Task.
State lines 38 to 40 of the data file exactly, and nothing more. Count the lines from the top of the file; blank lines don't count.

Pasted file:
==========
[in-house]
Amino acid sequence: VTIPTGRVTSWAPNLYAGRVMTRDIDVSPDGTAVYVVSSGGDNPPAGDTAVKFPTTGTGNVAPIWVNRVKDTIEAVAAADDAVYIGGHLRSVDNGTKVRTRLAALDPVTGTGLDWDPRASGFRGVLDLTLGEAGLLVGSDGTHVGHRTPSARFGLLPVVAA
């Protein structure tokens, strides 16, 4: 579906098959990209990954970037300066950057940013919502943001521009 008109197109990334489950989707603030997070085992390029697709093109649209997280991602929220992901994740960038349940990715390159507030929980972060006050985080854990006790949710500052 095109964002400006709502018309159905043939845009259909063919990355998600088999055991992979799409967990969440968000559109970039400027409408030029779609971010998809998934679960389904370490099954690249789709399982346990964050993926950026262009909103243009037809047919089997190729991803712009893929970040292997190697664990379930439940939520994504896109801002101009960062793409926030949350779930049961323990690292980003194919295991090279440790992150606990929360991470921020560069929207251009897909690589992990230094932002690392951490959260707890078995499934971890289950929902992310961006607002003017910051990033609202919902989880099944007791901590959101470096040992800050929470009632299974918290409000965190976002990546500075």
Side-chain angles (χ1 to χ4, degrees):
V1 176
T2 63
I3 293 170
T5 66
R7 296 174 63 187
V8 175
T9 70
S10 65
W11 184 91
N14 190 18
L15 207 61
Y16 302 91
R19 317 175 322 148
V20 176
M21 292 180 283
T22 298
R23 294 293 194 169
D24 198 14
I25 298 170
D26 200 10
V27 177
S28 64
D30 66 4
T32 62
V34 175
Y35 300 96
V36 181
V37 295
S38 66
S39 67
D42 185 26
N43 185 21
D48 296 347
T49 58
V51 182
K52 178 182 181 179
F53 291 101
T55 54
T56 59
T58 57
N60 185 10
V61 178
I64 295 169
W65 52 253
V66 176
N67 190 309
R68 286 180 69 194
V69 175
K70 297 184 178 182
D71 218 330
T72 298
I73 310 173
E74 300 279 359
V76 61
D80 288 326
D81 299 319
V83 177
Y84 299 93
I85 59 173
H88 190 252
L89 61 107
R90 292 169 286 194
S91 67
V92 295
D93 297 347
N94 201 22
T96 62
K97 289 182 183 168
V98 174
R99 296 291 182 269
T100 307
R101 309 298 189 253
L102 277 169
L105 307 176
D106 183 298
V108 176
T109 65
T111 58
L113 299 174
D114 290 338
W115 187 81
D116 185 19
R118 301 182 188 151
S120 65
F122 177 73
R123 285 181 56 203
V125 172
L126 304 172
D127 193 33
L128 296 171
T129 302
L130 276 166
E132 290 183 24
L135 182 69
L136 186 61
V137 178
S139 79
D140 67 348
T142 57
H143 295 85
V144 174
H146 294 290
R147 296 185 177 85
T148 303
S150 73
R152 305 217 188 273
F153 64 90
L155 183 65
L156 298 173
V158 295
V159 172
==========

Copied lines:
T49 58
V51 182
K52 178 182 181 179